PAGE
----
Parallel exchange rates cause a long list of distortions that can damage the economy. The same World Bank post notes that almost all the countries with the highest inflation rates tend to have parallel exchange rates. Indeed, the authors find that a third of countries with parallel exchange rates experienced inflation rates greater than 40% over the period January 2020 to December 2021[3]. And the number of countries without parallel exchange rates that suffered such high inflation rates? Zero. History paints a similar picture, with inflation six times higher in countries with parallel exchange rates over the years 1970-2001. These countries tend to have much weaker growth rates, and ‘multi-year secular contractions’. Corruption tends to be higher, too, with those who have access to FX at the official exchange able to use that for personal benefit – incidentally, whether this can be applied to visitors from abroad was a topic of heated debate among friends and family.

Corruption, economic crisis, inflation and loud visitors ordering too much food and drink: why would any country tolerate parallel exchange rates? Mostly, government officials accept that something needs to be done but are concerned about the short-term impact. A common argument is that a sudden devaluation would risk a big increase in inflation, and that globally traded commodities such as food and oil would be particularly impacted, hitting the most vulnerable hardest. A sudden exchange rate devaluation also risks exacerbating debt sustainability concerns. Meanwhile, there is the risk that a devaluation leads to expectations of further devaluations, thus further de-anchoring inflation expectations.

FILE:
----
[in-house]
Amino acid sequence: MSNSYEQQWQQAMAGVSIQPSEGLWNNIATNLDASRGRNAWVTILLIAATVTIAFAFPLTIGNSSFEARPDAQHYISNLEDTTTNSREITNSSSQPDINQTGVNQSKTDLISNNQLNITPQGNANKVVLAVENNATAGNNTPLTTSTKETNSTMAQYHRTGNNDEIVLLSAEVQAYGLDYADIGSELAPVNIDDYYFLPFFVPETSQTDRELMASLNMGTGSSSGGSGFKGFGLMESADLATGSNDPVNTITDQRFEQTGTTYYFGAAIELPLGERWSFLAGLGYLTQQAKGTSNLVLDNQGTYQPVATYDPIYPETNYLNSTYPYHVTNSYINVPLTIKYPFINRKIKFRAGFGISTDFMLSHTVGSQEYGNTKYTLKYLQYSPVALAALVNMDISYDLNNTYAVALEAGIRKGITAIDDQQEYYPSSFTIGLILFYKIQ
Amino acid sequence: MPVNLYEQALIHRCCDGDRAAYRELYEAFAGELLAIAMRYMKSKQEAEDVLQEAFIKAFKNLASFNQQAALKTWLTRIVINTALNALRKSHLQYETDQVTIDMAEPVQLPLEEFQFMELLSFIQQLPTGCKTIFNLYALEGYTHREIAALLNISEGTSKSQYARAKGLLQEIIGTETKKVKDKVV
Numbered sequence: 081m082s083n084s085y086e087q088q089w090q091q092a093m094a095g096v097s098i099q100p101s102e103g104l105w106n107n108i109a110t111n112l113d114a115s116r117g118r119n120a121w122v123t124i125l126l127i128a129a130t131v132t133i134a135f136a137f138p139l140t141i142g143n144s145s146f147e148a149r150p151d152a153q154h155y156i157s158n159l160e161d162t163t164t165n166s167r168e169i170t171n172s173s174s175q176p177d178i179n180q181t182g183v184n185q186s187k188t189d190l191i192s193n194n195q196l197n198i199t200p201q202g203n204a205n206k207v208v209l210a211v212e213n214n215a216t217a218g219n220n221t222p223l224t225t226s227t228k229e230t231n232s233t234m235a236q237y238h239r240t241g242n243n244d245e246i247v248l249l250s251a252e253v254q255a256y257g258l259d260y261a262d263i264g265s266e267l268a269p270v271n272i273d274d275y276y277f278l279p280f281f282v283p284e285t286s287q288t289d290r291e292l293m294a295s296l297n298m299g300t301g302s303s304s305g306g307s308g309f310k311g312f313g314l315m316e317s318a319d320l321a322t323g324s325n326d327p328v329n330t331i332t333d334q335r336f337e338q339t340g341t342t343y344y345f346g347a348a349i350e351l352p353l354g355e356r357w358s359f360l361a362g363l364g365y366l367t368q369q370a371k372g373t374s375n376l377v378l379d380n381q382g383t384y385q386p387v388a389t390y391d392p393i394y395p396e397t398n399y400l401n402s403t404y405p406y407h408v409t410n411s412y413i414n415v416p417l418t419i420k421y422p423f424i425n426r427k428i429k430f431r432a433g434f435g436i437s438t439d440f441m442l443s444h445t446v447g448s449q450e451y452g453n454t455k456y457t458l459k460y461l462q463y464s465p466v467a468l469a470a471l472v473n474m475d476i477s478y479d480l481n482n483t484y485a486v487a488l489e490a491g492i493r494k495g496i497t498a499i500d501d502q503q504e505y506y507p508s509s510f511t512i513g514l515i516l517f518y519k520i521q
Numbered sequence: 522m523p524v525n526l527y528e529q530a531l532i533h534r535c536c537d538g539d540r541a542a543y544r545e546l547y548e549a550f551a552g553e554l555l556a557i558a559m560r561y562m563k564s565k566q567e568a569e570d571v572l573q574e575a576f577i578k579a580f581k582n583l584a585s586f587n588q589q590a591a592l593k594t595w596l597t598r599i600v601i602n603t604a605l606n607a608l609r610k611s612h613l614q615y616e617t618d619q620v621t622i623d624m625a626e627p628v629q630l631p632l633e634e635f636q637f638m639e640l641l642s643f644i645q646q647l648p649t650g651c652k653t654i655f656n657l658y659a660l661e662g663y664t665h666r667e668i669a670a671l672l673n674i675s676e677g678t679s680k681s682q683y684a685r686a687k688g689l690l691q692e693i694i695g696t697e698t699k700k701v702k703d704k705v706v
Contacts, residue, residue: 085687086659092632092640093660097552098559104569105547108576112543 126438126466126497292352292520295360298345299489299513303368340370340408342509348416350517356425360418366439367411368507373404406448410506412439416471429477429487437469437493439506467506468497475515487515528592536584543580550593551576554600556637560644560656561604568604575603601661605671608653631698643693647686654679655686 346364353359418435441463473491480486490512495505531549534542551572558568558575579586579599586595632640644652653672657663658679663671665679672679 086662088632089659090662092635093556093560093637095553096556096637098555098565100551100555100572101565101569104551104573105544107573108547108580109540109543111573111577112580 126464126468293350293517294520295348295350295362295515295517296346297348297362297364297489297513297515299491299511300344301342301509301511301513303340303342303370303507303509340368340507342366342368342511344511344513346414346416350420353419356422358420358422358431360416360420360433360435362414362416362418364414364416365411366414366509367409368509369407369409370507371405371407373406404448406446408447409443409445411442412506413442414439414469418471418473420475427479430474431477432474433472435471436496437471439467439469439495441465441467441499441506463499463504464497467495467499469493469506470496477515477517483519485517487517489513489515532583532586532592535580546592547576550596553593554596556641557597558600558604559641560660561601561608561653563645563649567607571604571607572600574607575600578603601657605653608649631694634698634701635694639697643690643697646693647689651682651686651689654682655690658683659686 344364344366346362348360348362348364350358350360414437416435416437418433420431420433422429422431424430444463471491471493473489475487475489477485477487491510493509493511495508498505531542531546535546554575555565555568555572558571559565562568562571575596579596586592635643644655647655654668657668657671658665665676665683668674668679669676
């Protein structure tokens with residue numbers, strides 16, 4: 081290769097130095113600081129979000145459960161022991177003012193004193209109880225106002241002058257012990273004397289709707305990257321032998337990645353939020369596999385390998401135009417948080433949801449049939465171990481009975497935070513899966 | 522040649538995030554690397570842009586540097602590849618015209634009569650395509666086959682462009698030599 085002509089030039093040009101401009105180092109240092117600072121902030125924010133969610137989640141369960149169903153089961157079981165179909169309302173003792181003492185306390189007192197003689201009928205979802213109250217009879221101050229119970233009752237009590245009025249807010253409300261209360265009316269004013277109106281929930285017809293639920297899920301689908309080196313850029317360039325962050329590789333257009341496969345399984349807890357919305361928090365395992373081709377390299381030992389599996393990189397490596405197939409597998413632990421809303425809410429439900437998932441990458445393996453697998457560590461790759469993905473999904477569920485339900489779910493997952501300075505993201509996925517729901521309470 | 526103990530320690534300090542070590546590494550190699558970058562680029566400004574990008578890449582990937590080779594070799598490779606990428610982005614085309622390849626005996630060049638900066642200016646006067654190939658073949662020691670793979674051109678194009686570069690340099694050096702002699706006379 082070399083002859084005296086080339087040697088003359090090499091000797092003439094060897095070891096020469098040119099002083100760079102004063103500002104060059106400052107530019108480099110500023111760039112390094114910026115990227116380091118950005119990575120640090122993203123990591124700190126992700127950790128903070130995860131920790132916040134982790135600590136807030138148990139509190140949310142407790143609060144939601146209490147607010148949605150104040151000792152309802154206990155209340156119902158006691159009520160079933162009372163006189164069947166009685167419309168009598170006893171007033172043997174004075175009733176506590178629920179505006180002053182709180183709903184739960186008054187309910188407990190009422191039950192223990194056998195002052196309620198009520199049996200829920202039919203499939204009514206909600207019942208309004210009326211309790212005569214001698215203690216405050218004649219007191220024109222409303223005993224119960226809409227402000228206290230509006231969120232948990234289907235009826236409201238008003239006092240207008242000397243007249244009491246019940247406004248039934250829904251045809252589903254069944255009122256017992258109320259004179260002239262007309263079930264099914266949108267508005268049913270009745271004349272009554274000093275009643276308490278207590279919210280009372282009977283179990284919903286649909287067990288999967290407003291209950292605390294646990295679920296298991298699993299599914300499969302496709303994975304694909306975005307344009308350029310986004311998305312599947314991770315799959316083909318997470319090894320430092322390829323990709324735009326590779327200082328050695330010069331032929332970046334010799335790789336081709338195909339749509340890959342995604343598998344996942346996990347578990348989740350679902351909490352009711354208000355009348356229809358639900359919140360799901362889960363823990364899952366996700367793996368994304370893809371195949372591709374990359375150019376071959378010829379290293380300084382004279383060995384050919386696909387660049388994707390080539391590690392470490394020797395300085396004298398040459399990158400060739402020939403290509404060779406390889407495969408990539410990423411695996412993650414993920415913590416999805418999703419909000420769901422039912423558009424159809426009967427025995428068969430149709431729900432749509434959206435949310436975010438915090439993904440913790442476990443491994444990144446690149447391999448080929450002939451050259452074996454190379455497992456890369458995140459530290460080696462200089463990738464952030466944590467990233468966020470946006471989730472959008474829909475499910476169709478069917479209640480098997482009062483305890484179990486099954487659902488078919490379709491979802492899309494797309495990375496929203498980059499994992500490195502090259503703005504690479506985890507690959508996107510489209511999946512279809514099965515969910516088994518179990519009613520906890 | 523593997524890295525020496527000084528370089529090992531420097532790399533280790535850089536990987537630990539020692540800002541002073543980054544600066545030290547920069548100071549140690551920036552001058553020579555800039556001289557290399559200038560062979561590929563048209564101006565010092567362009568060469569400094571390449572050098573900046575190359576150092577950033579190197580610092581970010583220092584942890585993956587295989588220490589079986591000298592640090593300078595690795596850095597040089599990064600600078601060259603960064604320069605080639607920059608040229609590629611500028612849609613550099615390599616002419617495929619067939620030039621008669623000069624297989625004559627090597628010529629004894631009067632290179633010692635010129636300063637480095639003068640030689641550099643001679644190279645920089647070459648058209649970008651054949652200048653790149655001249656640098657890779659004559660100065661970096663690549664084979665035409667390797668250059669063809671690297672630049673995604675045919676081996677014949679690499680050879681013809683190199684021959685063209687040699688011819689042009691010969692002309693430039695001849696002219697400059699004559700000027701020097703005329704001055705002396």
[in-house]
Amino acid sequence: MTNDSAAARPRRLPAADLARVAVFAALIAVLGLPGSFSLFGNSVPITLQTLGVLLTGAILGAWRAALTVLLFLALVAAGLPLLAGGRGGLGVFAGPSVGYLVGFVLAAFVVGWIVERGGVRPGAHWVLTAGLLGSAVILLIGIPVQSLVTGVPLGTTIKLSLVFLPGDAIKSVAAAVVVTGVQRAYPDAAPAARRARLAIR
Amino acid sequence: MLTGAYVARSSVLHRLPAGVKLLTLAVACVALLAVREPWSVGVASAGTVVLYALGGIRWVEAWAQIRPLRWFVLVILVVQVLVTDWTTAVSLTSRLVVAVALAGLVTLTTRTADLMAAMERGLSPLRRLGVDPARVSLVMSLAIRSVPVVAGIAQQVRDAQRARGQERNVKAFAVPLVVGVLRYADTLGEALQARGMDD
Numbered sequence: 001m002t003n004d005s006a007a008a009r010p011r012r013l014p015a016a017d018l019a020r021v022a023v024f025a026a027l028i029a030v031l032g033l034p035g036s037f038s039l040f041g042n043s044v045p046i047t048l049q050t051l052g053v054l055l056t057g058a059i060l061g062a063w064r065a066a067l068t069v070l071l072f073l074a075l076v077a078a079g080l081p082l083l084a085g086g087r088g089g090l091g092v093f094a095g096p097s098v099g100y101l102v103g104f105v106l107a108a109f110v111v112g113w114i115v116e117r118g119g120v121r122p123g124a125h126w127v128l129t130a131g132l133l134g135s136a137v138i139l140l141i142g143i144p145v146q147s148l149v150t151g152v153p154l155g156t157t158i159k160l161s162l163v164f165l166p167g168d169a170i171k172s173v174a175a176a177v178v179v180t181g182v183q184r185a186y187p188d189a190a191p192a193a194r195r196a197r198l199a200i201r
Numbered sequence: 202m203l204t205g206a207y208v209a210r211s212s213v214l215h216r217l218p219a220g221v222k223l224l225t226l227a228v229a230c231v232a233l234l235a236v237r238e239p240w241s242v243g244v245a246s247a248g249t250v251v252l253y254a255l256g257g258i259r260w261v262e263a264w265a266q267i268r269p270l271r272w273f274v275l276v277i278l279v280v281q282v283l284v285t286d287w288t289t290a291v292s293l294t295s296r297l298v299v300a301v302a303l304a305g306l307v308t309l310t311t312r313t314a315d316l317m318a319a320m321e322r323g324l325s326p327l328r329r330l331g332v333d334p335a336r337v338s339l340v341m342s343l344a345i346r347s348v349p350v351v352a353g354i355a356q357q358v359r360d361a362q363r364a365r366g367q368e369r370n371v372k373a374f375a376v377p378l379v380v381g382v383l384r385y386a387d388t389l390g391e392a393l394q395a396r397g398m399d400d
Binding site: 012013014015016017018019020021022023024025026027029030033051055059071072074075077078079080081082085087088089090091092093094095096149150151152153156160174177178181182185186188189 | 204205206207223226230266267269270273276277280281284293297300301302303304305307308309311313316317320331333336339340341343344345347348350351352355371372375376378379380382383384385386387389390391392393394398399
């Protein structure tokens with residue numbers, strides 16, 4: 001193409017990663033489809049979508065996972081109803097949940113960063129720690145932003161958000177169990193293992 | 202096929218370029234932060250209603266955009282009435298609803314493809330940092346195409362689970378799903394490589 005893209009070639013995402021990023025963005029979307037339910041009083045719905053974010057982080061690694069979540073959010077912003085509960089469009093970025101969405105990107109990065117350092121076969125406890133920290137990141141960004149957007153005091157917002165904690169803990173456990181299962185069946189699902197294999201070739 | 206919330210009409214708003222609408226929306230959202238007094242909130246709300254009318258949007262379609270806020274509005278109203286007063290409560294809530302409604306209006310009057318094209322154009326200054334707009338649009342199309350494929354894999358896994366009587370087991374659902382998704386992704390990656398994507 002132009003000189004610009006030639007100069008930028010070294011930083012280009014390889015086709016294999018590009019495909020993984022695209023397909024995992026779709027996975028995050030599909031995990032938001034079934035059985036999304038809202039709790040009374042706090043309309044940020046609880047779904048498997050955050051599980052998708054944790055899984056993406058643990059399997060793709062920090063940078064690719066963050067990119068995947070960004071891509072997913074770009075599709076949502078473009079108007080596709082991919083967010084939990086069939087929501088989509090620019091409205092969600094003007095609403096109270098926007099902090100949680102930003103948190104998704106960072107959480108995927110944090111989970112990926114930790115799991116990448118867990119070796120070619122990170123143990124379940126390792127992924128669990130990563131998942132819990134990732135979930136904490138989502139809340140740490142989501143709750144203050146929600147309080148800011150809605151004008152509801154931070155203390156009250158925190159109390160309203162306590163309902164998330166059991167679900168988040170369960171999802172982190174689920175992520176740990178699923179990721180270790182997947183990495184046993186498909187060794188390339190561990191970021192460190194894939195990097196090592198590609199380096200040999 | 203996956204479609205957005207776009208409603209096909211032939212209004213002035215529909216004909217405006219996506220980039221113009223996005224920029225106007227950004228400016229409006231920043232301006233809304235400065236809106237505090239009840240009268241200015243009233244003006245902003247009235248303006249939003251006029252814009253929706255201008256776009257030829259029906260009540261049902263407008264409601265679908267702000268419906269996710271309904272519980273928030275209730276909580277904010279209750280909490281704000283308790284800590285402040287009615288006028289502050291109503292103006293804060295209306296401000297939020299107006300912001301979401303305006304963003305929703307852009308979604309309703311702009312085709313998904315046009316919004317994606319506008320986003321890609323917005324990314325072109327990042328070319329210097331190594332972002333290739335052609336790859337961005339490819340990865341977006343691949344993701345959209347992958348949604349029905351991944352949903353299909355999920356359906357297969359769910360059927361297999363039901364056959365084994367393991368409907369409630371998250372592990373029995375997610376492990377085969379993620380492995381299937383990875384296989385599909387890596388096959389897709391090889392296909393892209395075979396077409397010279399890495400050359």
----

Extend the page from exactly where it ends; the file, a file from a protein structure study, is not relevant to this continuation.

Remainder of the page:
In an IMF report titled Accepting Reality: Unification of Official and Parallel Market Exchange Rates[4], Simon Gray outlines the experience of countries who devalue to unify their official and parallel exchange rates. His evidence shows that the parallel exchange rate is often already heavily influencing prices and so the pass-through from devaluations is not necessarily that large (see table below). The paper looks at the difference between the peak in inflation post-unification versus its rate prior to unification, and then calculates how that compares to the exchange rate adjustment. It finds that, on average, 11.5% of the exchange rate adjustment feeds through to higher inflation.